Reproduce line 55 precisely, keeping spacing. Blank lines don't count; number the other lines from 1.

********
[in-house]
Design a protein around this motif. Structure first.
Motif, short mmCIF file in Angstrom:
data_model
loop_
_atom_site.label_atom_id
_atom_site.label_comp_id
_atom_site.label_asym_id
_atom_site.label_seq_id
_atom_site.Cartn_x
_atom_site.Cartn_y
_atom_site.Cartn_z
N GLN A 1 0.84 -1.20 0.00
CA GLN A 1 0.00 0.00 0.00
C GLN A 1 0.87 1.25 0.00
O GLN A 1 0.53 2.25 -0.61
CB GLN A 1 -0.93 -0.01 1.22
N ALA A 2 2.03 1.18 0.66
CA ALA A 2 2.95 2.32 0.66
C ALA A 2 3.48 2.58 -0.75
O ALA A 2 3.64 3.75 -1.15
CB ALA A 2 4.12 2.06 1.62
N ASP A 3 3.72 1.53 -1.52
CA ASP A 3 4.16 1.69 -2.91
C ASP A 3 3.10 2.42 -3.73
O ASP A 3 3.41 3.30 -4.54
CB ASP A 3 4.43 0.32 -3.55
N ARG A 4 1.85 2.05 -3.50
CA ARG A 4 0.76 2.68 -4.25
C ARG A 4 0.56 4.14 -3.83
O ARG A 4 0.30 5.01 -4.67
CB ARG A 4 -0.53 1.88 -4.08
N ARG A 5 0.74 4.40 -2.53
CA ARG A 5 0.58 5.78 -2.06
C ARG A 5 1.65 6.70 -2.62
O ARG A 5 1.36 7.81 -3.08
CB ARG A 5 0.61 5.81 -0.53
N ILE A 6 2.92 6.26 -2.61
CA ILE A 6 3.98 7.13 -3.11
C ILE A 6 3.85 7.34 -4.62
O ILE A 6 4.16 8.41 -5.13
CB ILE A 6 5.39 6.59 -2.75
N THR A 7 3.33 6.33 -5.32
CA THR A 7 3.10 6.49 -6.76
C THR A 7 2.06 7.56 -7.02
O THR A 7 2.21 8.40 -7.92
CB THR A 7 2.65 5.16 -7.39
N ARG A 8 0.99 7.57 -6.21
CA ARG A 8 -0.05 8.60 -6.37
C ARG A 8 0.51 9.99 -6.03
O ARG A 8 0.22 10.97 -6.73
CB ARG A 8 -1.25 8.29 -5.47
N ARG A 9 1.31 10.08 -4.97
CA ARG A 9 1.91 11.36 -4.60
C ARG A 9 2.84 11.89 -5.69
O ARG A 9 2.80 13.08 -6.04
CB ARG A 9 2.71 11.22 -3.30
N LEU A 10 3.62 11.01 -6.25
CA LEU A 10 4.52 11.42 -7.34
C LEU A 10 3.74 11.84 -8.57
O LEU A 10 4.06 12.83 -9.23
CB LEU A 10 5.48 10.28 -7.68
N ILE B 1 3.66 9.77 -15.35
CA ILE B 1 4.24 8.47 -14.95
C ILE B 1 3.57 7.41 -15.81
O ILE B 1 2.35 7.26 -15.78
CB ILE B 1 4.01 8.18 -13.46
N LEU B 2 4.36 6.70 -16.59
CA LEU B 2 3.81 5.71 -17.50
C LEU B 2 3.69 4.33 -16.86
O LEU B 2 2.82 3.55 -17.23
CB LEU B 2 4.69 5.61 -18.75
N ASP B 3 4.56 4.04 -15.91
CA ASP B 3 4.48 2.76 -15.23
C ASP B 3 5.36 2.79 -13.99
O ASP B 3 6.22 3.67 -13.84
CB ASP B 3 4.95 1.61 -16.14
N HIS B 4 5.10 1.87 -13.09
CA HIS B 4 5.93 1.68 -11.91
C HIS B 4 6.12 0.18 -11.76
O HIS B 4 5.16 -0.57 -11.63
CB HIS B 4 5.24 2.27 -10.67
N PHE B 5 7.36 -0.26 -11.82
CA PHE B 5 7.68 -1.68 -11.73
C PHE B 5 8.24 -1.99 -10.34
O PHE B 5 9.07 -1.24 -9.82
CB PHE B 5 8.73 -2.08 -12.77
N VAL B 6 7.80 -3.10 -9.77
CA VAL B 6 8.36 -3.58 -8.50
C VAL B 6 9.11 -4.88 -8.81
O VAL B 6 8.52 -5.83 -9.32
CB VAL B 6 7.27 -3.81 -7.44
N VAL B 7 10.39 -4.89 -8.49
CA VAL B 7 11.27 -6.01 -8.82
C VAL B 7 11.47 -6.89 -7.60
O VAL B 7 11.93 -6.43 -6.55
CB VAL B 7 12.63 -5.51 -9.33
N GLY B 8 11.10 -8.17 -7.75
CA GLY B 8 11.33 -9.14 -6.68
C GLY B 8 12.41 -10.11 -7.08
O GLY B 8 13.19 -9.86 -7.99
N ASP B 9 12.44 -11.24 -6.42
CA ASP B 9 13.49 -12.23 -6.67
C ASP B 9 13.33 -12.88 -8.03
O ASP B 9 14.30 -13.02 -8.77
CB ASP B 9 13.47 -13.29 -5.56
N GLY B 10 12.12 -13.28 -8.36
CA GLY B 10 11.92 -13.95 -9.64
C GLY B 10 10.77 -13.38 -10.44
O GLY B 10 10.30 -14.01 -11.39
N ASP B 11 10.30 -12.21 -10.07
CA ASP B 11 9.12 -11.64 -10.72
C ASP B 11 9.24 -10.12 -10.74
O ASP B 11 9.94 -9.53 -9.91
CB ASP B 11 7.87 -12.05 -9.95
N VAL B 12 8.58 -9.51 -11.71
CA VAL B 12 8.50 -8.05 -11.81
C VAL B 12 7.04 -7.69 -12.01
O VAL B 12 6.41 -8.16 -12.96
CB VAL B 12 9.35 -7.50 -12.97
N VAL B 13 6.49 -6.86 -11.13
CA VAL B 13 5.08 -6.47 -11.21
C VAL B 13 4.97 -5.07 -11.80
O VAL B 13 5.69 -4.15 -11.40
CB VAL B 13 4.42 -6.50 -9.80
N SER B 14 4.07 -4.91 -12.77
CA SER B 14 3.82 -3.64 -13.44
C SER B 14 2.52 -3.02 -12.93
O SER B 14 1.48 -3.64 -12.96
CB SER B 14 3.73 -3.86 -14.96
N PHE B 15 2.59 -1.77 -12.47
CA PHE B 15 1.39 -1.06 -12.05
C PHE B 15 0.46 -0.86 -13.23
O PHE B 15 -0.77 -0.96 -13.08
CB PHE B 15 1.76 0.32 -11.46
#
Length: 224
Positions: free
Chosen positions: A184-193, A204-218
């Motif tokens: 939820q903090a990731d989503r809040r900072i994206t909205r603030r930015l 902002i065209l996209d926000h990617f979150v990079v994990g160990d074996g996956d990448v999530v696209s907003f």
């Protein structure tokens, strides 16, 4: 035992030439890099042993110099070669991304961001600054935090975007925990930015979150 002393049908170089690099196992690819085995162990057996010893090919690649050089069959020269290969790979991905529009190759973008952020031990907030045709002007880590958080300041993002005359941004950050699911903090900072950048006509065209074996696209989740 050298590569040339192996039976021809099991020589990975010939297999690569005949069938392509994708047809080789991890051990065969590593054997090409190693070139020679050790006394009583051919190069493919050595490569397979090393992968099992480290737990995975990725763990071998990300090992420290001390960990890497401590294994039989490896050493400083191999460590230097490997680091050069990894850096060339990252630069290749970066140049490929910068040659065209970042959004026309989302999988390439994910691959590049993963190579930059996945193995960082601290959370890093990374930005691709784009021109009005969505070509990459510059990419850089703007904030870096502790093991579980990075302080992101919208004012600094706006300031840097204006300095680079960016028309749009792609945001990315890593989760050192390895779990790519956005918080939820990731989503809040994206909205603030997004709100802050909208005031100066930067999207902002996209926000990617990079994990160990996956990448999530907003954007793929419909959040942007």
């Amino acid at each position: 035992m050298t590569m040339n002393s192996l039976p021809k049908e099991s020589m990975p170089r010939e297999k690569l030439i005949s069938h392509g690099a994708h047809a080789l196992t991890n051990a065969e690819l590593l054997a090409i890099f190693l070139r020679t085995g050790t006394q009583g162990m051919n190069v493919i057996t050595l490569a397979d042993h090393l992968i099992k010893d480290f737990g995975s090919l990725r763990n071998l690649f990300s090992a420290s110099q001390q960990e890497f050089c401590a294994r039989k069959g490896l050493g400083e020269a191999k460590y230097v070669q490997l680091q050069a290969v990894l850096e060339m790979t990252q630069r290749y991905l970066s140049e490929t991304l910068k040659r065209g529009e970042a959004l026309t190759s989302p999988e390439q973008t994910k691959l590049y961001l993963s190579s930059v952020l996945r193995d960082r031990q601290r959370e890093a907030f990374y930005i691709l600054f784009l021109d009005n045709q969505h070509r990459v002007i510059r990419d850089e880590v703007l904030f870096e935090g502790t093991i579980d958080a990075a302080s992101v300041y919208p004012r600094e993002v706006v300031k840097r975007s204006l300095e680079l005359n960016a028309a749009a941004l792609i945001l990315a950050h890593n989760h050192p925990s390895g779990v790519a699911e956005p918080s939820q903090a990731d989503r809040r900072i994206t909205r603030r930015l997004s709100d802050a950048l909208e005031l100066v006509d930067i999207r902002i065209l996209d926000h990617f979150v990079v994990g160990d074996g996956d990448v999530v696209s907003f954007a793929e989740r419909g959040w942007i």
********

C ARG A 9 2.84 11.89 -5.69